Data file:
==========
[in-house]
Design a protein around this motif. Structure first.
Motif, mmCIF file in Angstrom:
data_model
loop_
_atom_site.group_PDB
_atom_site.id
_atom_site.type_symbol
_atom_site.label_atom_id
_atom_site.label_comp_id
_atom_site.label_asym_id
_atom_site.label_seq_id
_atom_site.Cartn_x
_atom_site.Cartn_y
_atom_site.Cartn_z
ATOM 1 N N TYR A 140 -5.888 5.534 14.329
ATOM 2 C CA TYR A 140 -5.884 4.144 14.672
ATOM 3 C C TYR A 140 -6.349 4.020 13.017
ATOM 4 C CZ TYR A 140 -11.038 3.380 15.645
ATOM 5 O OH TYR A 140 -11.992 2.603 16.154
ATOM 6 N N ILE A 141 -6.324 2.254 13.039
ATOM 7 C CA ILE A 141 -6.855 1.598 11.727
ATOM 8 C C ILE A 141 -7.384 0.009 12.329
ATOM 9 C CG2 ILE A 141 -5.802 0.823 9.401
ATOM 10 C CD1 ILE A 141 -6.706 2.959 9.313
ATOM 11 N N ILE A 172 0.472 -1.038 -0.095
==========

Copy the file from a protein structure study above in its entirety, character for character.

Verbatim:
[in-house]
Design a protein around this motif. Structure first.
Motif, mmCIF file in Angstrom:
data_model
loop_
_atom_site.group_PDB
_atom_site.id
_atom_site.type_symbol
_atom_site.label_atom_id
_atom_site.label_comp_id
_atom_site.label_asym_id
_atom_site.label_seq_id
_atom_site.Cartn_x
_atom_site.Cartn_y
_atom_site.Cartn_z
ATOM 1 N N TYR A 140 -5.888 5.534 14.329
ATOM 2 C CA TYR A 140 -5.884 4.144 14.672
ATOM 3 C C TYR A 140 -6.349 4.020 13.017
ATOM 4 C CZ TYR A 140 -11.038 3.380 15.645
ATOM 5 O OH TYR A 140 -11.992 2.603 16.154
ATOM 6 N N ILE A 141 -6.324 2.254 13.039
ATOM 7 C CA ILE A 141 -6.855 1.598 11.727
ATOM 8 C C ILE A 141 -7.384 0.009 12.329
ATOM 9 C CG2 ILE A 141 -5.802 0.823 9.401
ATOM 10 C CD1 ILE A 141 -6.706 2.959 9.313
ATOM 11 N N ILE A 172 0.472 -1.038 -0.095